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Retail business

Four stages at least

by Claudia Isabel Rittel
Clothes made from fair-trade cotton have been available in some European retail shops for several months. Monitoring the production process is far more difficult than with fruit, vegetables or coffee. Manufacturing textiles, after all, is more complex than growing plants.

Fair-trade coffee has become available in many places. In Europe, it is no longer exclusively sold at “one world” shops, not-for-profit retailers that deal in products from fair-trade sources and whose staff generally work as volunteers. Today, supermarkets offer fair-trade ground coffee as well as roasted beans. Even on the shelves of Penny, a cut-price German discounter, one will find coffee with the fair-trade logo of TransFair, a non-governmental initiative.

In August, textiles produced from fair-trade certified cotton were introduced in some European countries, including Germany. However, guaranteeing that fair-trade criteria are complied with in the manufacture of cotton products like jeans or T-shirts is far more complex than with coffee, fruit, spices or sugar. It is a long way from the plantation to the shirt. Claudia Brück of TransFair knows that “some jeans go through 20 stages before they reach the shop”.

A production chain is best monitored if it involves as few links as possible. “Once production stages are out-sourced and anonymised, there is no longer any chance of guaranteeing standards,” maintains Brück. For that reason, the TransFair association, which awards the only seal for fair-trade cotton products, exclusively works with clothing manufacturers that use short production chains. Nonetheless, there are at least four stages: plantation, spinning company, weaving mill and clothing manufacturer.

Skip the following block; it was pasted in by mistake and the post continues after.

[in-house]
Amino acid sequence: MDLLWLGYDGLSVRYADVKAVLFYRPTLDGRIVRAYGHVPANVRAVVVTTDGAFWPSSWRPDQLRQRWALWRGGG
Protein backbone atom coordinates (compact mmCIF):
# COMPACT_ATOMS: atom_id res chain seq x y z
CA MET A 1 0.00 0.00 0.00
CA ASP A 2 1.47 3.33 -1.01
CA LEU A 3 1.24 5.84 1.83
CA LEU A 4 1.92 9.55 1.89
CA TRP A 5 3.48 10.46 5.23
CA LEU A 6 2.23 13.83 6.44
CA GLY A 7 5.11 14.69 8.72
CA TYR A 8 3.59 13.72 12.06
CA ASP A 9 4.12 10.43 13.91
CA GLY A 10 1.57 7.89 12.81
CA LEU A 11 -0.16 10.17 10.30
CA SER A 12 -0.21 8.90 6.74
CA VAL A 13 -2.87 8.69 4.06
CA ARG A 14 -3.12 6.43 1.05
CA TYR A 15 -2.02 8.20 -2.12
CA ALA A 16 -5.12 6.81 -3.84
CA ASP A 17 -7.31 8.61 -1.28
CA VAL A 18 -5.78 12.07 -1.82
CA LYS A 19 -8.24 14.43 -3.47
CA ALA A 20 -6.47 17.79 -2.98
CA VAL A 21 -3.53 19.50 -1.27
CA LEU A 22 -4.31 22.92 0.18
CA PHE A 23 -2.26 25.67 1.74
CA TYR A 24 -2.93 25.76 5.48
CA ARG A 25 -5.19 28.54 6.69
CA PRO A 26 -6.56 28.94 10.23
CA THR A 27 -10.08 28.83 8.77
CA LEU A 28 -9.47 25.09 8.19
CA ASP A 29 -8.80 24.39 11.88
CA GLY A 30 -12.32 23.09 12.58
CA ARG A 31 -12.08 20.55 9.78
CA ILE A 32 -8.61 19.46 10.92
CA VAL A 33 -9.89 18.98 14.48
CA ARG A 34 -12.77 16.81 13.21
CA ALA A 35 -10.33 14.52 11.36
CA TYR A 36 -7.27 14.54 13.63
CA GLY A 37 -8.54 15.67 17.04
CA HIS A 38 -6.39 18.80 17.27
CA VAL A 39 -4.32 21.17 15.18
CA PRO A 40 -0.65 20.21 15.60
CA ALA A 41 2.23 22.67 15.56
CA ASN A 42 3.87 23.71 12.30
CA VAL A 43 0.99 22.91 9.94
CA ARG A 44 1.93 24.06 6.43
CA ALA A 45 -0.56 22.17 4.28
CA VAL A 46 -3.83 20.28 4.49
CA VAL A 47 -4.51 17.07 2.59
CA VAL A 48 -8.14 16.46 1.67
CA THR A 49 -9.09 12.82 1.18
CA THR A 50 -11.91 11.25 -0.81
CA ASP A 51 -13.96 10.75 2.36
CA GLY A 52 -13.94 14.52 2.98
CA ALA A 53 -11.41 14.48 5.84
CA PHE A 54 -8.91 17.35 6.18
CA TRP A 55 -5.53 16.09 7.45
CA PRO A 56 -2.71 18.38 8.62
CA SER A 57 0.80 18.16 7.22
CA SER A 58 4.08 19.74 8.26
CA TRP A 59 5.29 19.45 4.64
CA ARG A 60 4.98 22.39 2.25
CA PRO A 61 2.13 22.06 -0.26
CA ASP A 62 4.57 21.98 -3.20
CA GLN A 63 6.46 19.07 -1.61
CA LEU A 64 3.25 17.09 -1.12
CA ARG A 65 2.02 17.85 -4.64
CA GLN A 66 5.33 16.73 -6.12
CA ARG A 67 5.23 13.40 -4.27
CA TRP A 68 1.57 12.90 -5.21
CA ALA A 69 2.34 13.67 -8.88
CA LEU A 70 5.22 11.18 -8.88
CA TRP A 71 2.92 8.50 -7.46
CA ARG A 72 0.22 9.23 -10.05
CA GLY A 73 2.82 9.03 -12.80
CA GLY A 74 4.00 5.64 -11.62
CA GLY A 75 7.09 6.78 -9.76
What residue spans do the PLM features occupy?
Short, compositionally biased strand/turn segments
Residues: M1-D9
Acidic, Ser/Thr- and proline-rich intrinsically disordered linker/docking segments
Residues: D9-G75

Currently, only the cotton producers proper are certified. TransFair generally banks on small-holder cooperatives. FLO Cert, a sub-organisation of the Fairtrade Labelling Organisation International (FLO), re-assesses partners every year to make sure the criteria are met. FLO is a joint undertaking of several fair-trade initiatives from various countries including Max Havelaar (Netherlands/Switzerland), TransFair (Germany) or the Fairtrade Foundation (Britain). In May 2007, producer networks from Asia, Africa and Latin America also joined the FLO. InWEnt appreciates such initiatives as they help to boost the general public’s understanding of North-South issues. Moreover, this agency supports municipal authorities that want to base procurement on fair-trade products.

“We know the producers very well, because we have been working with them for a long time,” explains Brück. Cotton importers, for their part, have to pay the cooperatives a fixed minimum price, which covers at least the costs of production. According to TransFair figures, the price is currently 38 to 51 cents per kilogram of cotton, depending on the country. Other important criteria include dealing directly with the producers, cutting out the middlemen, and guaranteeing minimum prices and premiums. Furthermore, the buyers must commit to pay the purchase price in advance, and to enter into long-term supplier relationships. Therefore, the producers of raw cotton – like those of other goods with certified fair-trade logos – work under better conditions than their colleagues, who often depend on middlemen. The livelihoods and working conditions of many smallholders improve as a result.

However, there are often problems at other stages in the production chain. Therefore, FLO is so far accepting lower standards at these stages. The audits undertaken so far only provide snapshots of what is going on. It is an absolute must that spinning companies, weaving mills and clothing manufacturers abide by the core labour standards of the International Labour Organisation (ILO). These rules, which are now widely accepted, are considered the minimum standards in employment law. Moreover, the companies that process the cotton have to prove they pay their employees fairly. FLO Cert regularly monitors these operations, without, however, certifying the companies yet.

Two types of labels